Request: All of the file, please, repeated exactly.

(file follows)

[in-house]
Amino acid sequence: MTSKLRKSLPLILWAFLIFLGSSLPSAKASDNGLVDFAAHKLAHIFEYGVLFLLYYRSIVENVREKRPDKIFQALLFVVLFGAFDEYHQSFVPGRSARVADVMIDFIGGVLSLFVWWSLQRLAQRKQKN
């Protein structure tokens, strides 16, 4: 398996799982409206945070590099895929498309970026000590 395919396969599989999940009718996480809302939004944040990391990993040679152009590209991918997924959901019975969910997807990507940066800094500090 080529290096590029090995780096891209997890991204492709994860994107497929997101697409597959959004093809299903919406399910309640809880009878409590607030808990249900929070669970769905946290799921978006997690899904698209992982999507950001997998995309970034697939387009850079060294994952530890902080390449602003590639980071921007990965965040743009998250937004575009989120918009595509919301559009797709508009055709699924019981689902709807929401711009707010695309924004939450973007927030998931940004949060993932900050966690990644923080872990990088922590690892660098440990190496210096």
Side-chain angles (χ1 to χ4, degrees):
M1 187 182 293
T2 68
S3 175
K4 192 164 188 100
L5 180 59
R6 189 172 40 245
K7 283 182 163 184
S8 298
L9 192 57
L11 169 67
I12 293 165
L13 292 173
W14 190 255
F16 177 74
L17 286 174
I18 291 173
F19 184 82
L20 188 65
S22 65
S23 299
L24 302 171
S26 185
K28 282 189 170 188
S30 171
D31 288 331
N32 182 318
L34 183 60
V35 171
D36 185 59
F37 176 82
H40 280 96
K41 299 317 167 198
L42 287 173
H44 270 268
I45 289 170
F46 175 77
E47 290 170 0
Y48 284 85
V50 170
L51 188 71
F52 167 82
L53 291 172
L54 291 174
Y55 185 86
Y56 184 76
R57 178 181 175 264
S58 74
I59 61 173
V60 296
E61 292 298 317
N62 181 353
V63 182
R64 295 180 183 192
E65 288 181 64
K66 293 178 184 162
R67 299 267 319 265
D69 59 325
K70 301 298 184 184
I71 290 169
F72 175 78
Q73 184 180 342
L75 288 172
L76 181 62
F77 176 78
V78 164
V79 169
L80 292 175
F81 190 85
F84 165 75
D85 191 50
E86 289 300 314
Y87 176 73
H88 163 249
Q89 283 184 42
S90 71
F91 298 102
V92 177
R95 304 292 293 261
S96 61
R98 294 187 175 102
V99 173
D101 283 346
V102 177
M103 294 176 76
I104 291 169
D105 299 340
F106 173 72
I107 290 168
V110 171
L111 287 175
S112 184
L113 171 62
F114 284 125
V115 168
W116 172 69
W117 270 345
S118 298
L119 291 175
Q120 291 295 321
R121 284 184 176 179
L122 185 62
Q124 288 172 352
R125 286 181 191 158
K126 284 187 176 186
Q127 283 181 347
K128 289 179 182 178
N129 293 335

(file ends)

[in-house]
Amino acid sequence: MTSKLRKSLPLILWAFLIFLGSSLPSAKASDNGLVDFAAHKLAHIFEYGVLFLLYYRSIVENVREKRPDKIFQALLFVVLFGAFDEYHQSFVPGRSARVADVMIDFIGGVLSLFVWWSLQRLAQRKQKN
């Protein structure tokens, strides 16, 4: 398996799982409206945070590099895929498309970026000590 395919396969599989999940009718996480809302939004944040990391990993040679152009590209991918997924959901019975969910997807990507940066800094500090 080529290096590029090995780096891209997890991204492709994860994107497929997101697409597959959004093809299903919406399910309640809880009878409590607030808990249900929070669970769905946290799921978006997690899904698209992982999507950001997998995309970034697939387009850079060294994952530890902080390449602003590639980071921007990965965040743009998250937004575009989120918009595509919301559009797709508009055709699924019981689902709807929401711009707010695309924004939450973007927030998931940004949060993932900050966690990644923080872990990088922590690892660098440990190496210096």
Side-chain angles (χ1 to χ4, degrees):
M1 187 182 293
T2 68
S3 175
K4 192 164 188 100
L5 180 59
R6 189 172 40 245
K7 283 182 163 184
S8 298
L9 192 57
L11 169 67
I12 293 165
L13 292 173
W14 190 255
F16 177 74
L17 286 174
I18 291 173
F19 184 82
L20 188 65
S22 65
S23 299
L24 302 171
S26 185
K28 282 189 170 188
S30 171
D31 288 331
N32 182 318
L34 183 60
V35 171
D36 185 59
F37 176 82
H40 280 96
K41 299 317 167 198
L42 287 173
H44 270 268
I45 289 170
F46 175 77
E47 290 170 0
Y48 284 85
V50 170
L51 188 71
F52 167 82
L53 291 172
L54 291 174
Y55 185 86
Y56 184 76
R57 178 181 175 264
S58 74
I59 61 173
V60 296
E61 292 298 317
N62 181 353
V63 182
R64 295 180 183 192
E65 288 181 64
K66 293 178 184 162
R67 299 267 319 265
D69 59 325
K70 301 298 184 184
I71 290 169
F72 175 78
Q73 184 180 342
L75 288 172
L76 181 62
F77 176 78
V78 164
V79 169
L80 292 175
F81 190 85
F84 165 75
D85 191 50
E86 289 300 314
Y87 176 73
H88 163 249
Q89 283 184 42
S90 71
F91 298 102
V92 177
R95 304 292 293 261
S96 61
R98 294 187 175 102
V99 173
D101 283 346
V102 177
M103 294 176 76
I104 291 169
D105 299 340
F106 173 72
I107 290 168
V110 171
L111 287 175
S112 184
L113 171 62
F114 284 125
V115 168
W116 172 69
W117 270 345
S118 298
L119 291 175
Q120 291 295 321
R121 284 184 176 179
L122 185 62
Q124 288 172 352
R125 286 181 191 158
K126 284 187 176 186
Q127 283 181 347
K128 289 179 182 178
N129 293 335